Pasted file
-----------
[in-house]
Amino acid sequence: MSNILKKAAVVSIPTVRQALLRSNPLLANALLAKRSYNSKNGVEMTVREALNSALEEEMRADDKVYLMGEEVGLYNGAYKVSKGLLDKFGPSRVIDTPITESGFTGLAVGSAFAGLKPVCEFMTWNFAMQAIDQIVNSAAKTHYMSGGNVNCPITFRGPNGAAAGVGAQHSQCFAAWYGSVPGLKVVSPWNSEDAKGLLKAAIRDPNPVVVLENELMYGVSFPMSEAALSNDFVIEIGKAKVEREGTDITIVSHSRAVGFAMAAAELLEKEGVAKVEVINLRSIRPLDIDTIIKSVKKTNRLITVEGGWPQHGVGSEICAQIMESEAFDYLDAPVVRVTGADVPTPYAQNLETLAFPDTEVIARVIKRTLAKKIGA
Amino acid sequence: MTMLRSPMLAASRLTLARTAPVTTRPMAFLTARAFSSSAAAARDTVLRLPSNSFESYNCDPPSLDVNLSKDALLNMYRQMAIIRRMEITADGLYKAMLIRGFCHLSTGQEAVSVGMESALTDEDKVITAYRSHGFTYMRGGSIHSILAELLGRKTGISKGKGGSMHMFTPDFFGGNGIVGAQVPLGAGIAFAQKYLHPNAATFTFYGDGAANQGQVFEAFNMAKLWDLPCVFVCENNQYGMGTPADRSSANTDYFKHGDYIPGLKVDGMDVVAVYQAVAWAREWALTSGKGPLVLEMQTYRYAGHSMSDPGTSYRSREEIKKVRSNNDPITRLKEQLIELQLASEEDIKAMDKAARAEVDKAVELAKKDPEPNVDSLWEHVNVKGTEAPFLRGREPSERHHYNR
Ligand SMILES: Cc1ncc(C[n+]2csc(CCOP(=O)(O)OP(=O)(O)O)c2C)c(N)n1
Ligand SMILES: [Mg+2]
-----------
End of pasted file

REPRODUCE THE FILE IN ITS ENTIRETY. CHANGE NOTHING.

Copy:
[in-house]
Amino acid sequence: MSNILKKAAVVSIPTVRQALLRSNPLLANALLAKRSYNSKNGVEMTVREALNSALEEEMRADDKVYLMGEEVGLYNGAYKVSKGLLDKFGPSRVIDTPITESGFTGLAVGSAFAGLKPVCEFMTWNFAMQAIDQIVNSAAKTHYMSGGNVNCPITFRGPNGAAAGVGAQHSQCFAAWYGSVPGLKVVSPWNSEDAKGLLKAAIRDPNPVVVLENELMYGVSFPMSEAALSNDFVIEIGKAKVEREGTDITIVSHSRAVGFAMAAAELLEKEGVAKVEVINLRSIRPLDIDTIIKSVKKTNRLITVEGGWPQHGVGSEICAQIMESEAFDYLDAPVVRVTGADVPTPYAQNLETLAFPDTEVIARVIKRTLAKKIGA
Amino acid sequence: MTMLRSPMLAASRLTLARTAPVTTRPMAFLTARAFSSSAAAARDTVLRLPSNSFESYNCDPPSLDVNLSKDALLNMYRQMAIIRRMEITADGLYKAMLIRGFCHLSTGQEAVSVGMESALTDEDKVITAYRSHGFTYMRGGSIHSILAELLGRKTGISKGKGGSMHMFTPDFFGGNGIVGAQVPLGAGIAFAQKYLHPNAATFTFYGDGAANQGQVFEAFNMAKLWDLPCVFVCENNQYGMGTPADRSSANTDYFKHGDYIPGLKVDGMDVVAVYQAVAWAREWALTSGKGPLVLEMQTYRYAGHSMSDPGTSYRSREEIKKVRSNNDPITRLKEQLIELQLASEEDIKAMDKAARAEVDKAVELAKKDPEPNVDSLWEHVNVKGTEAPFLRGREPSERHHYNR
Ligand SMILES: Cc1ncc(C[n+]2csc(CCOP(=O)(O)OP(=O)(O)O)c2C)c(N)n1
Ligand SMILES: [Mg+2]